The ABC's of Hate

No matter who you are or what your fate
Here are a few things I just know you hate:

Anime, Apple, alcohol, anxiety: cuz sweatshop toons can't tolerate society;
Being sober, being single, being a mom; babies: drunk married childless? Not even maybe?
College, cilantro, children, cats: your die-alone die-ploma will be lettuce for rats;
Dogs, dating, driving, dust: you'll die chasing cars while vacuuming lust;
Everything and Everyone: the letter "e" has all the fun;
Facebook, fairyland, fat people, food: "like" your dystopia, anorexic and rude;
Green beans, God, going to work: Satan wants you to Nutella and lurk;
Homework, him, high school: final proof that life is cruel;
"It when" dot dot dot: read my ellipsis--they're too hot to trot);
Jeans and java, Kids and kissing: denim and venom, espresso pot hissing;
Life and liberals and liars: death and taxes and Trump pants-afire;
Myself, my life, my job, my husband: oh, avatar, my heart you've unbuttoned;
Nursing school, New York, nursing: What? Clara Barton? On Broadway rehearsing?;
Online dating, Obamacare, onions: "Likes to stink with uninsured bunions";
People, practicing law, politics: "I'm running to represent all you guilty hicks.";
Quotes and quotations: what (s)he said--my mind's on vacation;
Republicans, running, religion, reading: unfit atheist Democrat without no breeding)
Sand, school, summer: beach with homework is always a bummer;
The moor, Tennessee: that lean and orange look, the wannabe!
U in spanish: et tu, capice?
Vegans, Valentine's Day: 'twas I ate that Cupid twerp, ok?
Work, working out: exercise job pays in brussels sprouts;
Xanax, xbox: angst of the sex bots;
You (who?) Zoo, zombies: Yoohoo! Undead Harambe!

Insincerely,
Amor V. Incitomnia



Saturday, June 17, 2017

I was a librarian sight-reading bagpiper

I was a librarian sight-reading bagpiper. Once upon a time. Today, for example.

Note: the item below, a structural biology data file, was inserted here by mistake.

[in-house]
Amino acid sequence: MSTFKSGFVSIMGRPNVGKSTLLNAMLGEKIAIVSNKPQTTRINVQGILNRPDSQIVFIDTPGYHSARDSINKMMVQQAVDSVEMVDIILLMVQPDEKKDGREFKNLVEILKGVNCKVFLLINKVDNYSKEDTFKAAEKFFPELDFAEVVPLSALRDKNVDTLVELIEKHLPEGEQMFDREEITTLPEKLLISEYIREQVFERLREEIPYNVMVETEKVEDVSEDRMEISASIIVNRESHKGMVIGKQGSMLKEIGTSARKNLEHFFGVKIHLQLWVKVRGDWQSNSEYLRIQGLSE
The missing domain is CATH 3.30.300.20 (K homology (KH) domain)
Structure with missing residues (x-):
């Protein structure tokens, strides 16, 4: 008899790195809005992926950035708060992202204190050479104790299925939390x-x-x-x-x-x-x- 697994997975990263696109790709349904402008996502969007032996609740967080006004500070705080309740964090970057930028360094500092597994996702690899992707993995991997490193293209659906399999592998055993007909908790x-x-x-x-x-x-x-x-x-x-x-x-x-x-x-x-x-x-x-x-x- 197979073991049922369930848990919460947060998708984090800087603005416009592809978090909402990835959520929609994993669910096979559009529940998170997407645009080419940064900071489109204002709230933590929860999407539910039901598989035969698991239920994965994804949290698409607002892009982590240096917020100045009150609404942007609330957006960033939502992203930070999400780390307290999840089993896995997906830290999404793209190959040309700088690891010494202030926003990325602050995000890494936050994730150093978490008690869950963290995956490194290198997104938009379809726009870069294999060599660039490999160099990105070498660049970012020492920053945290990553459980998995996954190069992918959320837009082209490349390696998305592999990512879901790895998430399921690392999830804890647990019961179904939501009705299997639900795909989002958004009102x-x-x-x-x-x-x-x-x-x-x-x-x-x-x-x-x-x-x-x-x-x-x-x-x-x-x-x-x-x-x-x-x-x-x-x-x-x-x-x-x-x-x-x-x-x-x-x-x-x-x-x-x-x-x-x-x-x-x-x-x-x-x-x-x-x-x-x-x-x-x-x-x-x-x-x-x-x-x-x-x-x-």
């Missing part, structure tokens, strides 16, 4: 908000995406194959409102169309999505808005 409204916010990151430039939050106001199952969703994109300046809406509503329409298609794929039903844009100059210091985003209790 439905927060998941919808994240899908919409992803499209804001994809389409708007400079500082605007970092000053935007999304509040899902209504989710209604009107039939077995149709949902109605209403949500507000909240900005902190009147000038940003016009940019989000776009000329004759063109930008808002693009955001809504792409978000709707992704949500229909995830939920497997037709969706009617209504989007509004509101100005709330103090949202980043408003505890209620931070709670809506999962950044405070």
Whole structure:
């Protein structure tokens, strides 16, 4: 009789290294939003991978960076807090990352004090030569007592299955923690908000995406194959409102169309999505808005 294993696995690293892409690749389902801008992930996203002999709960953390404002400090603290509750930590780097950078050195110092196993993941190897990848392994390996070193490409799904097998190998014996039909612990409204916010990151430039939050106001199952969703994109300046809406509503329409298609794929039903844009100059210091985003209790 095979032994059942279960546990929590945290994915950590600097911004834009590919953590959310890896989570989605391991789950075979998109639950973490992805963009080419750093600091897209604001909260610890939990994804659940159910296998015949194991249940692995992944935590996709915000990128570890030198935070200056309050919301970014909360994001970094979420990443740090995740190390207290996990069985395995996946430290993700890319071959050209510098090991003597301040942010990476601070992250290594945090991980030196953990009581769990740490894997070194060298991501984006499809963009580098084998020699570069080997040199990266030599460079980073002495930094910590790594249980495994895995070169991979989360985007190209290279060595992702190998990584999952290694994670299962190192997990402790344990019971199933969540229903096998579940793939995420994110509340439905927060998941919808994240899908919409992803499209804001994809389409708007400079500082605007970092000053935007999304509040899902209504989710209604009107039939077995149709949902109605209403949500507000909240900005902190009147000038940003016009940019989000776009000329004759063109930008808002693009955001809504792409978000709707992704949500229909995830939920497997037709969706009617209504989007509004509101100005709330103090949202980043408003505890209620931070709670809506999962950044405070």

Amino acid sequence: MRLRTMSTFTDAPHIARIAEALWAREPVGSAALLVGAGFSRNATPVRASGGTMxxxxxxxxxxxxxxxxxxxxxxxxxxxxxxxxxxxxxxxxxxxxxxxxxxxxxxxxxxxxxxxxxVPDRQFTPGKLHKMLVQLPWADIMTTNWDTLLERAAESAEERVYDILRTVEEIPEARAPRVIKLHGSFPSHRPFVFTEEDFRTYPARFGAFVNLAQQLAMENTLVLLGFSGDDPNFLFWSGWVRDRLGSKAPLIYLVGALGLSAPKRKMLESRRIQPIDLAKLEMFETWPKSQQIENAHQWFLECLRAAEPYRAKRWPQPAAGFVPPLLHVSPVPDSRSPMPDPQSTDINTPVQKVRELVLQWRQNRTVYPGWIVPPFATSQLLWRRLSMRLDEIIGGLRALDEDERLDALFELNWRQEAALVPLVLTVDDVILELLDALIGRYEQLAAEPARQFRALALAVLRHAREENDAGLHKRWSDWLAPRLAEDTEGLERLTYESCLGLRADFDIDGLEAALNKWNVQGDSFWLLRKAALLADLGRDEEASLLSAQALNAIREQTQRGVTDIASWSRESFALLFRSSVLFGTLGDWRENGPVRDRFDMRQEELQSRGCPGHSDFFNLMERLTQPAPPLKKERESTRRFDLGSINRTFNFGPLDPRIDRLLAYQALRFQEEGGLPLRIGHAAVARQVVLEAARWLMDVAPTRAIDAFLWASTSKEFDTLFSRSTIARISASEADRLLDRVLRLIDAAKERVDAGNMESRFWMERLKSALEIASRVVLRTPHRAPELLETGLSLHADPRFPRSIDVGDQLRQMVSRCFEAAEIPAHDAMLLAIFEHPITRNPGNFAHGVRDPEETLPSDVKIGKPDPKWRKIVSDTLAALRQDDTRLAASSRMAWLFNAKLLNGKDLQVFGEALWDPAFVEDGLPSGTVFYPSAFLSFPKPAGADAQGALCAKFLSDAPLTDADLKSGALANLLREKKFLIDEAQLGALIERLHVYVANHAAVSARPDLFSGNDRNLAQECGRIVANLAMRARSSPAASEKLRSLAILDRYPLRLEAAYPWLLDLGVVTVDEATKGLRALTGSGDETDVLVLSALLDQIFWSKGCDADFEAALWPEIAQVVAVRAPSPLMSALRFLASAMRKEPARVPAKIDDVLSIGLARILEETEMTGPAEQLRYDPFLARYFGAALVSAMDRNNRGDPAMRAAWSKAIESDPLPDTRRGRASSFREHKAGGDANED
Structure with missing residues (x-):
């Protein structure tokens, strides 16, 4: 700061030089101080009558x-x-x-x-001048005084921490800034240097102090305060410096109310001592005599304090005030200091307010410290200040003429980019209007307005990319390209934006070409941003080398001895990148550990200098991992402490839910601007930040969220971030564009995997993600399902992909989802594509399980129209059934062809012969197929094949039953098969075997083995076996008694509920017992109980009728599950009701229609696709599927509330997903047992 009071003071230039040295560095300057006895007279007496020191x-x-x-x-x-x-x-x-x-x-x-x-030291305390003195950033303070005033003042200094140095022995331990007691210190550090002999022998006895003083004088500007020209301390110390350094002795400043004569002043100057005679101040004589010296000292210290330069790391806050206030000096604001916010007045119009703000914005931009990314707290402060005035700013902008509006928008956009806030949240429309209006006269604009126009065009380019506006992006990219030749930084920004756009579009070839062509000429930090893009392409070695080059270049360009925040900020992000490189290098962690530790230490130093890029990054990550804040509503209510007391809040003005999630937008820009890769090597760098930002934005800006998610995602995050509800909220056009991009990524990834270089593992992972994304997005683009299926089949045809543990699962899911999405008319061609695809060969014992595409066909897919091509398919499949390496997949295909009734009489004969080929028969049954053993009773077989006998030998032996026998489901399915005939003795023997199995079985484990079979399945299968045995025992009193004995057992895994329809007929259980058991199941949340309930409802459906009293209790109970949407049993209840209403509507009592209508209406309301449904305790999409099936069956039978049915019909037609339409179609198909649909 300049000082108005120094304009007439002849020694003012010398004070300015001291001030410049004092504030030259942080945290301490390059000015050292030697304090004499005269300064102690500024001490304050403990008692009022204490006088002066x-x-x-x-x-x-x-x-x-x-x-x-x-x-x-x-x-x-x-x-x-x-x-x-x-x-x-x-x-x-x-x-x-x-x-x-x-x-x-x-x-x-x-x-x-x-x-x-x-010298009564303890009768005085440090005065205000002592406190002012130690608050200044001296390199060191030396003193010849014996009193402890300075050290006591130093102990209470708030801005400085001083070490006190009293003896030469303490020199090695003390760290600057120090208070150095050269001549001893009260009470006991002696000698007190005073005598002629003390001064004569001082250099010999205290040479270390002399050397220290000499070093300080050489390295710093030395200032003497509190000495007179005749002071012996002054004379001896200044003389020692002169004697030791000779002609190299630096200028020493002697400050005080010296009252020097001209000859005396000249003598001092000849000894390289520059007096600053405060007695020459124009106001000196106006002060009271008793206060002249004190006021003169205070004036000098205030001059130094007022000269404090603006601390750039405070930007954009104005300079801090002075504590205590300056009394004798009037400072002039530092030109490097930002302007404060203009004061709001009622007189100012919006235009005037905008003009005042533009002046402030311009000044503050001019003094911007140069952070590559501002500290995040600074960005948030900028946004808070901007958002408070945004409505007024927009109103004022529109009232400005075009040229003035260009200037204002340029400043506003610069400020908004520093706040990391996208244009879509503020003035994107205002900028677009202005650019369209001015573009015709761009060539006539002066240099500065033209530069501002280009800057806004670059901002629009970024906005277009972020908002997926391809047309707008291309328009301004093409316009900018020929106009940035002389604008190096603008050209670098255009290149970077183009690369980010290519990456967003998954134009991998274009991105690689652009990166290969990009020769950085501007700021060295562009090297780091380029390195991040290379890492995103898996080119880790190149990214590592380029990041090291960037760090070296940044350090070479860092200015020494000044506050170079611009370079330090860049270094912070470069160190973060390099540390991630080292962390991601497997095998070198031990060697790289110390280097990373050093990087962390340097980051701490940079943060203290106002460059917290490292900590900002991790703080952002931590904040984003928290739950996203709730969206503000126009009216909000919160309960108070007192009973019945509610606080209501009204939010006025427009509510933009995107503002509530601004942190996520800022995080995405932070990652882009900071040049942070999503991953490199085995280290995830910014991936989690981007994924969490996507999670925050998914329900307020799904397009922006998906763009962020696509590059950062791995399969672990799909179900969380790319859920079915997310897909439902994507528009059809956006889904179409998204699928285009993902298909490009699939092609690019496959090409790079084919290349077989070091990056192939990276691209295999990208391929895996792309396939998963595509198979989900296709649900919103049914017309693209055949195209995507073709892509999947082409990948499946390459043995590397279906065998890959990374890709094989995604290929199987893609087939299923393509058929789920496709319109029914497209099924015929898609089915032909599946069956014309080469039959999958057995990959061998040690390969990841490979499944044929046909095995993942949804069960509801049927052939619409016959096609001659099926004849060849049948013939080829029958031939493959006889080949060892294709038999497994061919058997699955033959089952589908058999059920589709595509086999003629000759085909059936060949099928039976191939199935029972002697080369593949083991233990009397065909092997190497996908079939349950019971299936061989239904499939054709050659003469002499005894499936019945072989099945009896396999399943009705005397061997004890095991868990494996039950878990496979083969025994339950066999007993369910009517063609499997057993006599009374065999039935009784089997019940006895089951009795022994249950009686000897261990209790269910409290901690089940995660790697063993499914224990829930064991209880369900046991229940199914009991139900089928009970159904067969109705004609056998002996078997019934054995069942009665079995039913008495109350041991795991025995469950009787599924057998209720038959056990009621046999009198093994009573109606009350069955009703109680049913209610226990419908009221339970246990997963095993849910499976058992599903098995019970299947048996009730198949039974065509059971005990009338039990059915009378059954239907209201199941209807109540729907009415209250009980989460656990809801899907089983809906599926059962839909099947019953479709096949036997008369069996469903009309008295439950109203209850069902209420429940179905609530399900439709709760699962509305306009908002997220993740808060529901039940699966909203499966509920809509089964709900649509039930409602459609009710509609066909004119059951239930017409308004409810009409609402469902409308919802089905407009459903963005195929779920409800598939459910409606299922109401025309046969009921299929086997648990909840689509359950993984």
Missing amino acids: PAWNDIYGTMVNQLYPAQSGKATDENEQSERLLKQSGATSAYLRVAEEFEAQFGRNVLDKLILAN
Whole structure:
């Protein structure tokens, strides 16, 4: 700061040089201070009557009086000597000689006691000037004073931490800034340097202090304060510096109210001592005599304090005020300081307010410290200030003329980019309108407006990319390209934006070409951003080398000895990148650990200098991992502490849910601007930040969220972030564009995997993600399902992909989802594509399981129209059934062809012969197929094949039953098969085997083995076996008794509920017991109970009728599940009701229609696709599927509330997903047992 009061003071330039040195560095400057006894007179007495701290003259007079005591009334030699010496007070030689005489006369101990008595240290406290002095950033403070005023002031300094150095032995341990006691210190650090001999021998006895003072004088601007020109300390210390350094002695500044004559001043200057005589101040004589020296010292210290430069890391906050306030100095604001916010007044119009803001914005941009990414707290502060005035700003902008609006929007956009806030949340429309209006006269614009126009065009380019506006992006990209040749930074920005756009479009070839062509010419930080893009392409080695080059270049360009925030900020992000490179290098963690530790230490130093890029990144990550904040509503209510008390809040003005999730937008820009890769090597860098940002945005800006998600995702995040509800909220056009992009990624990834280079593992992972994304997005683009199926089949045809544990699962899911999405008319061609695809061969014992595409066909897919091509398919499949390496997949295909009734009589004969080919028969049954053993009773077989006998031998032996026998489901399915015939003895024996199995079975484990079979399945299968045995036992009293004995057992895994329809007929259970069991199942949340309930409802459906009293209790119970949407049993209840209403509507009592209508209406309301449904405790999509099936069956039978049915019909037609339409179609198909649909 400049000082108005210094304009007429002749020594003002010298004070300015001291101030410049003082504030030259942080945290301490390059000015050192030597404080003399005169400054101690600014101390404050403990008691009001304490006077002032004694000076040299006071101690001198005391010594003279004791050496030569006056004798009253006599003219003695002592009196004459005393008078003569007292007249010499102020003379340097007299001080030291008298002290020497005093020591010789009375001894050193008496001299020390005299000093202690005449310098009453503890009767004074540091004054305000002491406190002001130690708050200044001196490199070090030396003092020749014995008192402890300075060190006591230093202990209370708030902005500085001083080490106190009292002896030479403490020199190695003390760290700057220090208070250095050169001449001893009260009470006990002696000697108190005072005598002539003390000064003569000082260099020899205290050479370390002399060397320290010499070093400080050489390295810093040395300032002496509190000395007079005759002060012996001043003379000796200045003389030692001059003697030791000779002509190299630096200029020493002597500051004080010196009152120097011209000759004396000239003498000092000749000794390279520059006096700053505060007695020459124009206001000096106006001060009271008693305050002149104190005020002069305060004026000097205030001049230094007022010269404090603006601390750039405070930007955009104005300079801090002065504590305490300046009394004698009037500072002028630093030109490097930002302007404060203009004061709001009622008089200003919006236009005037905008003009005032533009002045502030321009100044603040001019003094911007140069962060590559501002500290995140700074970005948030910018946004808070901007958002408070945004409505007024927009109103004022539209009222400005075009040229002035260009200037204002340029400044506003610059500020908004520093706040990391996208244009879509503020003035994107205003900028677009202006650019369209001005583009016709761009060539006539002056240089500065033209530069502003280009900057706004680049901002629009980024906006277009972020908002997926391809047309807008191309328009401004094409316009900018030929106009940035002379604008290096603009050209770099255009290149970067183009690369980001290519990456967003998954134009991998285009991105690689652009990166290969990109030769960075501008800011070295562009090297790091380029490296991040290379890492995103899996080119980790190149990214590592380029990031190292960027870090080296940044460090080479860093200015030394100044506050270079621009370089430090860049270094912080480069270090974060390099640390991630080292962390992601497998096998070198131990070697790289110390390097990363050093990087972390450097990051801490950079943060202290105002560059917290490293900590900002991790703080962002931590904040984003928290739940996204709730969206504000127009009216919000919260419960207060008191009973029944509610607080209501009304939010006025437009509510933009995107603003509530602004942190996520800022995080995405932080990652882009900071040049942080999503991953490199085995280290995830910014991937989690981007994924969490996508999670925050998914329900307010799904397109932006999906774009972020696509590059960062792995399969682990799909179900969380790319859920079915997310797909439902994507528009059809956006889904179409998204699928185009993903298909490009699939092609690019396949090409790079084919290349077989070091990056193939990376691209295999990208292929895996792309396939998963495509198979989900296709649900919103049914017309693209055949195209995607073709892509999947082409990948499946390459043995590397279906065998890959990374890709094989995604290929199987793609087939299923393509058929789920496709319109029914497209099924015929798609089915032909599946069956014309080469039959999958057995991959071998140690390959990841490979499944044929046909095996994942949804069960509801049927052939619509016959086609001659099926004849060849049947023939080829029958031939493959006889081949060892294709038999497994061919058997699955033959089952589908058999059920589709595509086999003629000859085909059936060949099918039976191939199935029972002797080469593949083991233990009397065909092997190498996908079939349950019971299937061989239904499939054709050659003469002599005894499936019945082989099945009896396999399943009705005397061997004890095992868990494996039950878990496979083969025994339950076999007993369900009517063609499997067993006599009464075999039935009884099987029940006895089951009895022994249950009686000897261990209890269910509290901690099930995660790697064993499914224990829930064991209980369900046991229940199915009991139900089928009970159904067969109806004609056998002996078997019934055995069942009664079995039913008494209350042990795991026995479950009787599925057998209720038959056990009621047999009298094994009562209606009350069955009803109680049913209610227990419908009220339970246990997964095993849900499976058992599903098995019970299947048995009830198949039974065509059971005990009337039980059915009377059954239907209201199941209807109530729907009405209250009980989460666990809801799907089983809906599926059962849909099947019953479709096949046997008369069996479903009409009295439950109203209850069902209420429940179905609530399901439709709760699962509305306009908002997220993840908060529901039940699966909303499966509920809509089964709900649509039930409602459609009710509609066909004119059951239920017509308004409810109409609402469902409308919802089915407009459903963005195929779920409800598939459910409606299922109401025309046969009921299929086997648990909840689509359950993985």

I was one of the lucky librarians to come along when you still had to crawl through miles and miles of shelves to find what you were looking for--if in fact your library had it--or, if not, wait weeks and weeks for interlibrary loan--if in fact it was lendable; but then somebody flipped a switch (seemingly), and it was as if the sky opened up, peeled back, and lo and behold there was heaven--all of it (or lots of it), just like reaching up and shaking hands with St. Peter and living to tell of it.

That was the Internet for me. I still can't believe it.

But before that there was already the ancient magick of reading: all the symbolic systems that we can look at and go "Aha!" and translate into words or houses or music. My Hogwarts began in first grade when I took slips of paper that smelled of mimeograph, each of them with a word, and transformed their blue shapes into sounds. That was abracadabra.

Not much later my patient mother showed me how little platelets on a grill could produce a song on a recorder. Just like that. Just by looking at the little platelets and their position on the grill and whether they were black or hollow or had dots or flags. It was as if they were elves that told me where to put my fingers and how fast to move them. Hobbits? Narnia? I was Merlin with a recorder.

Then when I went to library school I learned that even quieter than a library is the whole world after a bagpipe stops playing. But it's a hush that can't exist without the sound to summon it.

So today I was at a library droning on about the world of bagpipes (It was not an invasion. I was invited) when a fellow asked me if I knew the bagpipe music from a movie called We Were Soldiers. He had come to the program and wanted to hear two things: Amazing Grace and We Were Soldiers.

One does not wish to disappoint, particularly if one is a librarian. Amazing Grace is bread and butter, but what to do about We Were Soldiers? I did not know it.